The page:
Tourism head Randall Walker steps down

It was the changing of the guard at peak tourism body Blue Mountains, Lithgow and Oberon Tourism (BMLOT) this week, with long-serving chairman Randall Walker stepping down.

He has been replaced by long-time councillor and former mayor, Daniel Myles.

The ebullient and effervescent Mr Walker, who for the past six years has sung the praises of the region to anyone willing to listen, said he just felt it was time to hand over the reins.

With the resignation, too, of the treasurer, Geoff Luscombe, and the secretary, Wayne Cooper, it also meant “an opportunity for renewal/change at the Board executive level which is healthy for any organisation”, Mr Walker said.

Dylan Jones from the Blue Mountains Adventure Company is BMLOT’s new secretary and Jason Cronshaw from Fantastic Aussie Tours is the new treasurer. Michael Brischetto from the Carrington Hotel remains vice-chairman.

Mr Walker said it had been “an absolute honour and a privilege to represent one of the most magnificent and recognisable destinations on the planet”.

“I have lived and breathed the Blue Mountains, Lithgow and Oberon region every single day 

for the past six years and am proud of the milestones the organisation has achieved in that time.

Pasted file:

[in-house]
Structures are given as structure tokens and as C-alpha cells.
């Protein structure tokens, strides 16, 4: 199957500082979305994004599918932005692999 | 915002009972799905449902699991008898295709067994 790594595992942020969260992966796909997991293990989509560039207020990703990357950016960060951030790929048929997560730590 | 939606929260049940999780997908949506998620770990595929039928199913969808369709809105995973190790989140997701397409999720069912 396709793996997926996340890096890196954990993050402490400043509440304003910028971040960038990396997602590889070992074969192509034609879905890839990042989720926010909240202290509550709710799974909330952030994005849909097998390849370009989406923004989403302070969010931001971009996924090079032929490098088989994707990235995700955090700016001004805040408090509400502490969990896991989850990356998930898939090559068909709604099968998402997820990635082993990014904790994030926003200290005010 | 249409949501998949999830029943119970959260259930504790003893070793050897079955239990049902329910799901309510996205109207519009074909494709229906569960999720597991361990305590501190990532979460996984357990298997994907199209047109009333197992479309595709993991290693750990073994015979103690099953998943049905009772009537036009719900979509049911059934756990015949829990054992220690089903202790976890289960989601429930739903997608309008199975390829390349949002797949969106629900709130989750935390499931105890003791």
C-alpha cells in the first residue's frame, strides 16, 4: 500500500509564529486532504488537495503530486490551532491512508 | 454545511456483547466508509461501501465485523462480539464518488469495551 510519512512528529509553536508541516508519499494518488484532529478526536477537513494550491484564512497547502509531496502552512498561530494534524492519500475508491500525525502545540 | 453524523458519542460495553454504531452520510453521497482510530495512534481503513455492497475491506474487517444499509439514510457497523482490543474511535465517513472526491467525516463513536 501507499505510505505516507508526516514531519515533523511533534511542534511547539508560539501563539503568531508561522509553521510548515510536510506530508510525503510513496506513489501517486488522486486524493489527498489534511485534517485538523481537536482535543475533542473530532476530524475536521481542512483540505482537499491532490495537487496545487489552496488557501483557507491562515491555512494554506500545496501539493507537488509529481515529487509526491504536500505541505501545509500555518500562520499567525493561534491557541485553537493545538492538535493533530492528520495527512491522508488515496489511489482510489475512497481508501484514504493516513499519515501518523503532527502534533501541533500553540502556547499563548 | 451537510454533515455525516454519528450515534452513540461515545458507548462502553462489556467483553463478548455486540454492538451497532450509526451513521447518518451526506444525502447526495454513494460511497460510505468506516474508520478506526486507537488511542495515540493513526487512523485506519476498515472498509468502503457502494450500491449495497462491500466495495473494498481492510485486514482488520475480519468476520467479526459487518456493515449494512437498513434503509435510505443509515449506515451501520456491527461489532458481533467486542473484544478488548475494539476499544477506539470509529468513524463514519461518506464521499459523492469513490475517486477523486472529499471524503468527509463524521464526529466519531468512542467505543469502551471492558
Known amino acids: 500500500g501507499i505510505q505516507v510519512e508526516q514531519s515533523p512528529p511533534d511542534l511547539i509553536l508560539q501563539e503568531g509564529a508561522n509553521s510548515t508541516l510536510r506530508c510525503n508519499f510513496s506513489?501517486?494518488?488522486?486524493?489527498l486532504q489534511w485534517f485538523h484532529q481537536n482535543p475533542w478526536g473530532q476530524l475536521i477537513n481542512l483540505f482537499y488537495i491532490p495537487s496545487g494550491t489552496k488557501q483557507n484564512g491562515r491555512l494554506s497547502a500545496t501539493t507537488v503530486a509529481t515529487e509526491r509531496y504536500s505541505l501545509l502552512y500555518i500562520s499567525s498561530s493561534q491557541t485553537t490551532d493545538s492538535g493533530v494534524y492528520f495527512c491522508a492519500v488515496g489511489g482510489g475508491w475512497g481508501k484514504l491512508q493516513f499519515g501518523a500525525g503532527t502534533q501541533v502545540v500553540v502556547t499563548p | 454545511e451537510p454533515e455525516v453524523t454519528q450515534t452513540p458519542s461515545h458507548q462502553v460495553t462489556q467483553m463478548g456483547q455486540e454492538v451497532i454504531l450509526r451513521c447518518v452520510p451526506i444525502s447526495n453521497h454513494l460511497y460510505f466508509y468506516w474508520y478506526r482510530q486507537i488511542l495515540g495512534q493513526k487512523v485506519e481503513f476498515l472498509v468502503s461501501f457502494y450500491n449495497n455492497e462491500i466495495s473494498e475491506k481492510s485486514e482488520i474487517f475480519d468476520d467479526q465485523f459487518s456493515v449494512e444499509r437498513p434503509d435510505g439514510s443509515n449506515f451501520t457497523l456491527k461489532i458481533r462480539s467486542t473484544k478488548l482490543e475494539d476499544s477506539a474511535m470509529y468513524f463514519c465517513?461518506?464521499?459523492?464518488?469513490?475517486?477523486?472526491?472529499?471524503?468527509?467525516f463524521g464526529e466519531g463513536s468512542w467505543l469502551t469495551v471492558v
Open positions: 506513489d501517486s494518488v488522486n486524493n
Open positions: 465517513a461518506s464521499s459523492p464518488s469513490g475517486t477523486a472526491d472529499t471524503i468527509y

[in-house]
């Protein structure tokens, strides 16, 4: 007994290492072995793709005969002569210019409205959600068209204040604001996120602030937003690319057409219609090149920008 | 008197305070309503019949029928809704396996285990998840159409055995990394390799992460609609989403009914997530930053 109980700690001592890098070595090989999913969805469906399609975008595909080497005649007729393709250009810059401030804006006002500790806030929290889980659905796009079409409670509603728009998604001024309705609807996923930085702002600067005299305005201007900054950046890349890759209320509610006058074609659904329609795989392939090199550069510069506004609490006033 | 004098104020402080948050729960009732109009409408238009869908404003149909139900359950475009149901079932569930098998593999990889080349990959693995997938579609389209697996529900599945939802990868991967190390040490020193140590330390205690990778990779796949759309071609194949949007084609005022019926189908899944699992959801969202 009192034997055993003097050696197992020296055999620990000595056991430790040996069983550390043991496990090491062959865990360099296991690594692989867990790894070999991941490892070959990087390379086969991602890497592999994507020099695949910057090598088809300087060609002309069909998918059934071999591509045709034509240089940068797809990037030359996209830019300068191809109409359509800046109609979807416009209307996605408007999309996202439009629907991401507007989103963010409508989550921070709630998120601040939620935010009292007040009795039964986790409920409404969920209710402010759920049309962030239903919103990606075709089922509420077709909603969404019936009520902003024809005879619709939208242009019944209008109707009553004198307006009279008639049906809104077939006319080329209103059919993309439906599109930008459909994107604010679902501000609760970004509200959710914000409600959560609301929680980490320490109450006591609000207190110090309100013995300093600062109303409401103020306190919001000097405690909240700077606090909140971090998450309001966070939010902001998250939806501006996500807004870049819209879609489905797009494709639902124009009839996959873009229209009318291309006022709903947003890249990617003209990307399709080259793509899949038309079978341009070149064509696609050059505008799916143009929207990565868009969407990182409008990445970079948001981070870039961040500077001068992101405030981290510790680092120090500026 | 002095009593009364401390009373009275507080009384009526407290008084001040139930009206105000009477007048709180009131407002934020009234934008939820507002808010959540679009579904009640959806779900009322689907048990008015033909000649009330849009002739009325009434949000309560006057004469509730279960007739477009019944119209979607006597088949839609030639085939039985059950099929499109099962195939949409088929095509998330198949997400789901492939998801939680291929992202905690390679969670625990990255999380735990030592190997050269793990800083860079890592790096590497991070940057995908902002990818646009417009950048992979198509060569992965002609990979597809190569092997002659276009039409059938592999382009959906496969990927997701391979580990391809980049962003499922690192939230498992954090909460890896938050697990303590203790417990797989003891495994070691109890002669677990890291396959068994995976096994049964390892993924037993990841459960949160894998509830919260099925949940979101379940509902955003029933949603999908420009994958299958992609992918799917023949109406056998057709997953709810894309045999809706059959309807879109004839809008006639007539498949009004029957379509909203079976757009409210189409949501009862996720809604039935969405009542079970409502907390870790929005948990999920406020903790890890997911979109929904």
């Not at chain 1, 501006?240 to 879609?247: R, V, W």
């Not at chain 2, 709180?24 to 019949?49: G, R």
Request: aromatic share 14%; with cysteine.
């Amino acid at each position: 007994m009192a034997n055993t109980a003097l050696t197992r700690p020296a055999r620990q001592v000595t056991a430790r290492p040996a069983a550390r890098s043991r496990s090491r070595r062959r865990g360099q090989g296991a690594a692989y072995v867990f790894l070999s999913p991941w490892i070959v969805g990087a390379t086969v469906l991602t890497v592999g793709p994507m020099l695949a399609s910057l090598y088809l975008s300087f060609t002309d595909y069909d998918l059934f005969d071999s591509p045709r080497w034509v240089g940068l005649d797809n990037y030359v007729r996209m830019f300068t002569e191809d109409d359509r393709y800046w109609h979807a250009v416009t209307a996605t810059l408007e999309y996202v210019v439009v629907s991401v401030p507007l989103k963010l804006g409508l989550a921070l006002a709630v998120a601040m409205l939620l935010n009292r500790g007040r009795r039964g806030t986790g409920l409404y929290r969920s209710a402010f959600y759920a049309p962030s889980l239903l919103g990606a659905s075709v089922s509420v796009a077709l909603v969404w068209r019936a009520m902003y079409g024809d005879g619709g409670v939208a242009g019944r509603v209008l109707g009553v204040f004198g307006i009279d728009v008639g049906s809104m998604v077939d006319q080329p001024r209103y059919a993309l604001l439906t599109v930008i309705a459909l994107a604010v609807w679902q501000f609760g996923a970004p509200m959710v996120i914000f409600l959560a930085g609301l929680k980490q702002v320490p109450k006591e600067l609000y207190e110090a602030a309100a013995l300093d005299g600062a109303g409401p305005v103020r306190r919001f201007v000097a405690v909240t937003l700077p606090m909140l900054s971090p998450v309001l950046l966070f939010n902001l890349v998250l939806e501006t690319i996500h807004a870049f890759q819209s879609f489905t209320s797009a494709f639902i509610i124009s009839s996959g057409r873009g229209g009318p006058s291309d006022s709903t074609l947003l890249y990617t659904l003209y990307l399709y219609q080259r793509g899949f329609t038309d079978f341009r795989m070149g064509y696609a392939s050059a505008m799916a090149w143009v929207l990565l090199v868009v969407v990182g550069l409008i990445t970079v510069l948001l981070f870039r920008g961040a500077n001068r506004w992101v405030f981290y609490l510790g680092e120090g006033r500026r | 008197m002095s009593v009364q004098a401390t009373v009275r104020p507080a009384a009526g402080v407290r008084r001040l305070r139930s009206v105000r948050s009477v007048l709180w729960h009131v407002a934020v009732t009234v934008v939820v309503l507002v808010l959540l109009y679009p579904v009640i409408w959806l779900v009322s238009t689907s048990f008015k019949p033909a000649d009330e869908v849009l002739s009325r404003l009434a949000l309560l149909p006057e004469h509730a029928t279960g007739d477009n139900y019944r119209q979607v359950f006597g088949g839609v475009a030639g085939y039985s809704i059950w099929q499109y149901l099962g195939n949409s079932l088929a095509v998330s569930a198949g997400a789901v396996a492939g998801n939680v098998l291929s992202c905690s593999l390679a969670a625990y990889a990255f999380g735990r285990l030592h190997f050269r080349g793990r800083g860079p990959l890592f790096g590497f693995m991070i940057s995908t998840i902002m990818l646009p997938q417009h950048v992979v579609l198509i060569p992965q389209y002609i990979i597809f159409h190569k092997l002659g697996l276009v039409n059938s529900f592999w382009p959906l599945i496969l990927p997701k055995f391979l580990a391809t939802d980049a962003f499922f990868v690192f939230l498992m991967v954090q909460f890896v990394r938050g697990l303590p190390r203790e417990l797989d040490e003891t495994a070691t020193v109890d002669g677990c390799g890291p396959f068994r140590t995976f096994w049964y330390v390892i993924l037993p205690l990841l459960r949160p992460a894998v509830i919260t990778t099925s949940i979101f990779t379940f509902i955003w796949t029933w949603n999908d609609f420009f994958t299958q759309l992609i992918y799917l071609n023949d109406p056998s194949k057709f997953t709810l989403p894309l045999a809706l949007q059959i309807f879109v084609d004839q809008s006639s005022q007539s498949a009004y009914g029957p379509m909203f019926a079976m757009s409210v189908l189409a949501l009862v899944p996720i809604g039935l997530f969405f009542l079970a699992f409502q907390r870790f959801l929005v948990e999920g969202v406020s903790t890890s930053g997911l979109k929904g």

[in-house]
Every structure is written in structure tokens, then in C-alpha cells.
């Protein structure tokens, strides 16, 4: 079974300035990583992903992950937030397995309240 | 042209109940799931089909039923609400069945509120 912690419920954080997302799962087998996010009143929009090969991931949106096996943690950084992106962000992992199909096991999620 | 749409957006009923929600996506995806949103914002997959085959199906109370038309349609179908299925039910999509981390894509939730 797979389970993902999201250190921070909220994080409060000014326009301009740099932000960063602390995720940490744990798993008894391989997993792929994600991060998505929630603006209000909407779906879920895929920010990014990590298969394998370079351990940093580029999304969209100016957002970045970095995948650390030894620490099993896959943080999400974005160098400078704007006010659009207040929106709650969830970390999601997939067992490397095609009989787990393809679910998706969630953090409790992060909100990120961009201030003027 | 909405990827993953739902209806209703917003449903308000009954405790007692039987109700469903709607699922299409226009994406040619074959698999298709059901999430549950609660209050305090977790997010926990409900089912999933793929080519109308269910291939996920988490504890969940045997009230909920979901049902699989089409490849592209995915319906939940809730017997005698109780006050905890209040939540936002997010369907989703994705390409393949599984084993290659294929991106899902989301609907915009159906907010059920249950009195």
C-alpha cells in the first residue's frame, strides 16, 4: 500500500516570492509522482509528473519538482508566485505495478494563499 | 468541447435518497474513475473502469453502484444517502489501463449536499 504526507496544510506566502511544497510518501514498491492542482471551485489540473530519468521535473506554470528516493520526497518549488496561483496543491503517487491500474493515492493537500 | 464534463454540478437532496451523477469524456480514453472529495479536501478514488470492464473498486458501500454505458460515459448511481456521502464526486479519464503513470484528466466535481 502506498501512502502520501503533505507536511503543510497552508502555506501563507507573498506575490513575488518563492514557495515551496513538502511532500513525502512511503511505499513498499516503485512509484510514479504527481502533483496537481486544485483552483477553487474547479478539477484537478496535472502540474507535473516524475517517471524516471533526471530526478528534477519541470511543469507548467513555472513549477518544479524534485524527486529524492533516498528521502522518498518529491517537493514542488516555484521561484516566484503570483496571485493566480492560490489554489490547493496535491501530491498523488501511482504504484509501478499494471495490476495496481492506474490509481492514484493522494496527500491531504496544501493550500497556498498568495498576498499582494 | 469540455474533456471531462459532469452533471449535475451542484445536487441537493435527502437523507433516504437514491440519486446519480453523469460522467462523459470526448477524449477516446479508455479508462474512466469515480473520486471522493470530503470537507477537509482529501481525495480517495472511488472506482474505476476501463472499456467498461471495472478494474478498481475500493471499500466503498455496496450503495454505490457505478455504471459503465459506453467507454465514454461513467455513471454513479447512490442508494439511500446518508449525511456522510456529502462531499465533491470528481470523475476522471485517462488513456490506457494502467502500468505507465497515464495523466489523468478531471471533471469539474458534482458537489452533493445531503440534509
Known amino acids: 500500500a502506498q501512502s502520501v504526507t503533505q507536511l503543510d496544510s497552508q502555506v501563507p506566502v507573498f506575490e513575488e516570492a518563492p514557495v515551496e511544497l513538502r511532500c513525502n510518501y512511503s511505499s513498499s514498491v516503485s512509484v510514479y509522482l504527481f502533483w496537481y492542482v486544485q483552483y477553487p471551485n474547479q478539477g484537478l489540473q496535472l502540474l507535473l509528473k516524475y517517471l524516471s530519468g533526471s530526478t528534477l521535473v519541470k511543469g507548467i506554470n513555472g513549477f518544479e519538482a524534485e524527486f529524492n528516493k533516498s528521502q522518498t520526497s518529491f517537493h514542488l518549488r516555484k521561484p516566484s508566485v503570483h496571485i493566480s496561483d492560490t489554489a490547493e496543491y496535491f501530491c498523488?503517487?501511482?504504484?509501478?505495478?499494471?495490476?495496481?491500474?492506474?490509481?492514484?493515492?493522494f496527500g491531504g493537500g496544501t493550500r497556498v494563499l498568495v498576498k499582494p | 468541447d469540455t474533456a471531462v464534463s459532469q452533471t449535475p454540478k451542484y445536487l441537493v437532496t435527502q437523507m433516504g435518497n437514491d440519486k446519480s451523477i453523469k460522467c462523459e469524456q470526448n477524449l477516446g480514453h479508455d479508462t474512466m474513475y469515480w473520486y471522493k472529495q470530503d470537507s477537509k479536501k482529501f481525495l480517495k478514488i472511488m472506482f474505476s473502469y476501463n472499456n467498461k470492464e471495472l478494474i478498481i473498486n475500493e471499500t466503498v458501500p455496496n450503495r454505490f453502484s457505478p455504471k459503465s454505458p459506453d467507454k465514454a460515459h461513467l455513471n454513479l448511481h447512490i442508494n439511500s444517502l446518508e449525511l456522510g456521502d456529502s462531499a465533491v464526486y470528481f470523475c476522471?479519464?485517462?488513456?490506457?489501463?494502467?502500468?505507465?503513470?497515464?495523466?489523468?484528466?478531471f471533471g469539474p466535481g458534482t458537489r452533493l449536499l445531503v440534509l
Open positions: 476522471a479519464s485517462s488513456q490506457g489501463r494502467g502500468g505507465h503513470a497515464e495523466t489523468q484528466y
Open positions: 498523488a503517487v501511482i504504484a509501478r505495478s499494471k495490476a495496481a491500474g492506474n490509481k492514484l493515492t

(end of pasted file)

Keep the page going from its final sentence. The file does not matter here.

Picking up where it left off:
“There will always be people in life who say things can’t be done. I am not one of them and I enjoy working with similar minded people. We have done whatever it takes to protect, promote and share this region with the world.’’ 

Mr Myles said the area owed Mr Walker a debt that “cannot be overstated”.

“People across the Blue Mountains, Lithgow-Oberon region are better off for having had a vibrant and focused tourism advocacy body for our area,” he said.

Of his own appointment, Mr Myles said he saw it as “a magnificent opportunity with a terrific team, fantastic providers and a government sector that wants to help”.

He said he had the backing and support of the Blue Mountains mayor, Mark Greenhill, and would focus on getting “everybody who is a tourism operator” joining BMLOT to increase the strength of the organisation. 

He also wanted to see better promotion of the Cultural Centre in Katoomba.

Mr Walker, in his last address as chairman at BMLOT’s AGM on Monday, listed some of his proudest achievements, which included the establishment of an Indigenous Development Tourism Program. This allows clans from the six Aboriginal language groups across the Greater Blue Mountains World Heritage Area to self-determine experiences they wish to share with visitors.

He also drove celebrations last year to mark the bicentenary of Blaxland, Lawson and Wentworth’s crossing of the Mountains, including Australia’s largest ever civilian flyover and the distribution of a commemorative holey dollar to 14,000 Mountains students and teachers.

Unfortunately the expenditure and a delay in government funds coming through led to a cash flow problem which saw some small business owners waiting months for payment for their work.

Mr Myles said that had been a “time of difficulty” for BMLOT and he would focus on issues of governance to ensure it was not repeated.

Mr Walker will continue to serve as BMLOT’s interim chief executive officer until the end of the financial year and the position will be advertised, Mr Myles said.

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